This article on the ARRL website summarizes quite well the situation with ham radio – and radio in general.
Although it is exciting to be part of a club of radio enthusiasts around the world, one must question whether the licensing system on its own is a hindrance both to freedom and innovation.
The basic debate has these two sides:
Restrict Frequencies for Licencees
“By proving skills and taking tests, you can keep a higher quality of person on the frequencies. If we don’t do this we will have CB radio on ham frequencies”
Let Them Go
“By restricting access to the airwaves we all breath and share, you are exerting controls that should not be there – especially on a technology that enables humans to transmit data. By restricting the airwaves you are limiting both God-given freedom of speech but also innovation because the technology remains only in the hands of those who can (and will) exploit it for gain.”
And it’s a very great debate and one worthy of fighting for.
I’ve been an Ubuntu fan since 2009 now. As soon as I met Ubuntu it was game over for all my desktops, laptops, netbooks, home media servers, etc. There was no competitor who could make a new or existing machine run so quickly and reliably, and without the pain of viruses and continual financial investments to keep it up to date. The most exciting thing was that no one owned me. When I heard that Ubuntu was moving to the phone, I purchased a Nexus 4 (N4) so that I could go along for the ride, as that was the first device for development.
I flashed it on, and took it for a ride. The first thing I noticed was how amazing the user interface was. It was as if (shocking as this may sound) someone had actually designed a phone with the user in mind. When I was forced to use a fruit-phone by the big fruit company for a job once, it was like driving a luxury sports car with one arm cut off and in a cement warehouse: high quality hardware, perhaps, but I’d rather have my freedom and functionality, thank you. The big US spy agency phone (google/android) not only spied on me, but also has a user interface experience that never quite made sense. It was (and still is) difficult to do some basic setting changes. I tried cyanogen mod as a bit of a ‘lesser-of-two-evils’ but it too had the same issues because ultimately it’s all built on the same shaky foundation.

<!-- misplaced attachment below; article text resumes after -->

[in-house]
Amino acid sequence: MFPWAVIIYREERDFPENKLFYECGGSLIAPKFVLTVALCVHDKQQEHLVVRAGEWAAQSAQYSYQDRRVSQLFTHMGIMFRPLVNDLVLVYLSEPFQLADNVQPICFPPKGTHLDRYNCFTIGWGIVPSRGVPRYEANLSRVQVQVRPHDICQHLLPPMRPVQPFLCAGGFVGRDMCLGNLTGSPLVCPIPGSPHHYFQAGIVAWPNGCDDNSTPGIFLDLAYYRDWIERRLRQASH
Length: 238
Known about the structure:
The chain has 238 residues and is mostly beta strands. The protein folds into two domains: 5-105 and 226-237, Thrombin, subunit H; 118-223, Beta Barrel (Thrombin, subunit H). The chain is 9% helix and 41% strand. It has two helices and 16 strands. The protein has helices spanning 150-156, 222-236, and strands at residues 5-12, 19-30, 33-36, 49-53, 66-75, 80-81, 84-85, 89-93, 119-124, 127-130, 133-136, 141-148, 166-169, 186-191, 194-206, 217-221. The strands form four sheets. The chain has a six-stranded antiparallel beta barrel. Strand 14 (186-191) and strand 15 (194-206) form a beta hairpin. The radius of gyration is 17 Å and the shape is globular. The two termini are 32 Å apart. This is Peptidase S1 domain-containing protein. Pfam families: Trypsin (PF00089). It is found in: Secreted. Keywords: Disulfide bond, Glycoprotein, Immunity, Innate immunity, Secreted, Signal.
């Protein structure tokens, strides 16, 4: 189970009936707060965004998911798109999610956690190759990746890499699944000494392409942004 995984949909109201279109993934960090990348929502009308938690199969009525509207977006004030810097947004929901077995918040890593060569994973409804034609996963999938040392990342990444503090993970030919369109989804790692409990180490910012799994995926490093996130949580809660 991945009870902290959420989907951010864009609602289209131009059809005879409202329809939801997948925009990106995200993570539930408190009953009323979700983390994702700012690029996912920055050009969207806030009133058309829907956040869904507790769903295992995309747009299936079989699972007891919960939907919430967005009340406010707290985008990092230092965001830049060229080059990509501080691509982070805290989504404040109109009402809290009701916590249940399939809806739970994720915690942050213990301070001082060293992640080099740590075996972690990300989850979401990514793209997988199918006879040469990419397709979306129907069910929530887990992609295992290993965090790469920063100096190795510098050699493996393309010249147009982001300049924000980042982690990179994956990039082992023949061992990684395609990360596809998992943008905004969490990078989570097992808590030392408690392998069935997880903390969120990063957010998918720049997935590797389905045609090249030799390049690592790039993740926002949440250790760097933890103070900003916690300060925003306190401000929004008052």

Ubuntu, on the other hand, is built with freedom and people in mind. Randall Ross wrote a great post a while back about the pillars of Ubuntu (seven P’s). This article really helps us understand why Ubuntu is not just software. Randall has been preaching this message for years but only now it’s starting to really hit home with some people. People are starting to ‘get’ that they have been sold a bad deal for computers (Ubuntu has already taken over that show) but now also the computers we carry in our pockets.
As a business owner as well as sales person for our company, I will not deny that there were some bumpy roads in the beginning. I needed some basic things that a smart phone could offer which were a bit buggy when Ubuntu launched on the phone a few years back. I would flash back and forth between the bondage robot (android) and Ubuntu on my N4 while I tried to do my sales job. No battle is easy and it was never promised to be so. Some naysayers would laugh and say ‘why don’t you just wait until they have fixed it’? This would anger me because “relying on they” is what has caused the world to be enslaved by their technology. I knew that I could not wait for ‘they’ to fix things. I had to become part of the solution somehow. So I would stay up to date the best I could, periodically flash in and out and watch the growth. I would offer my feedback and needs to the developer groups and to my surprise, I found out that I wasn’t alone. Others were listening, fixing, building, changing, debating, enhancing and more. I realized one very exciting thing – I was and still am part of what is a major revolution in technology.